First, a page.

New Course: School-Wide PBIS

School-Wide Positive Behavioral Interventions and Supports

School culture can go off track for a variety of reasons, and when it does, there’s likely no single cause or party to pin the blame on. Teachers, administrators, support staff and parents must work together to build a positive atmosphere and see to it that their school actually becomes the kind of place those posters describe. By following the principles of the Positive Behavioral Intervention and Supports – or PBIS –  framework, your school can be the best it can be. And all members of the school community have an important role to play in making a PBIS program successful.

PBIS is a framework of research-validated strategies designed to create school environments that promote and support appropriate behavior of all students.  People working in schools where PBIS thrives share common behavioral expectations that are valued by the entire school community and apply to all students. Students in PBIS schools are taught the required skills to behave appropriately and are consistently praised for behaving well. The new School-Wide Positive Behavioral Interventions and Supports course from Exceptional Child will help school staff members contribute to the creation of effective schools through PBIS by exploring changing school culture, the basics of PBIS and strategies for effectively implementing PBIS.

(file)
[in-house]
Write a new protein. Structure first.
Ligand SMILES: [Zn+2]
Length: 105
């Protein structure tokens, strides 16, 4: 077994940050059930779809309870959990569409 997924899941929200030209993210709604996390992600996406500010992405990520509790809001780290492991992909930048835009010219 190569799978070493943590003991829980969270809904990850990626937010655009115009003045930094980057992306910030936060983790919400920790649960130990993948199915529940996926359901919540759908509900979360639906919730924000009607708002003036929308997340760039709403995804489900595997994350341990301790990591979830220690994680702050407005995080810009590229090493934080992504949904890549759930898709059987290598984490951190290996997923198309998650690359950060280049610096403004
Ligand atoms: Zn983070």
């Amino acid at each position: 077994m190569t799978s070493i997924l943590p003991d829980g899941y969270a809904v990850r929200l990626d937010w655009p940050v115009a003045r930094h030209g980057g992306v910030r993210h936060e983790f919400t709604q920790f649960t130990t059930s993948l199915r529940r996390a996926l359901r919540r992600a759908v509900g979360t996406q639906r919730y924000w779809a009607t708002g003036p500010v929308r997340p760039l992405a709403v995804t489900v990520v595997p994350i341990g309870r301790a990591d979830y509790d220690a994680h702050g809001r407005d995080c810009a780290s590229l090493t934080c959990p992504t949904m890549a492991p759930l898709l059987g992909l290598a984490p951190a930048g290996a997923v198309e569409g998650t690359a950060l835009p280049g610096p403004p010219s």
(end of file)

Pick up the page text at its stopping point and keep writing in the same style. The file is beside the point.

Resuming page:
About the Author

Dr. Tim Lewis has been involved in special education for 30 years and has taught students with emotional and behavioral disorders in high school, elementary, and self-contained psychiatric settings. At present, Dr. Lewis is Professor of Special Education at the University of Missouri, the Associate Editor of the Journal of Positive Behavior Interventions, and a member of 13 other editorial boards. He directs the University of Missouri Center for School-wide Positive Behavior Support, is Co-Director of the national OSEP Center for Positive Behavioral Interventions and Supports and the IES Center for Adolescent Research in Schools.


Tags: Behavior New Courses Professional Development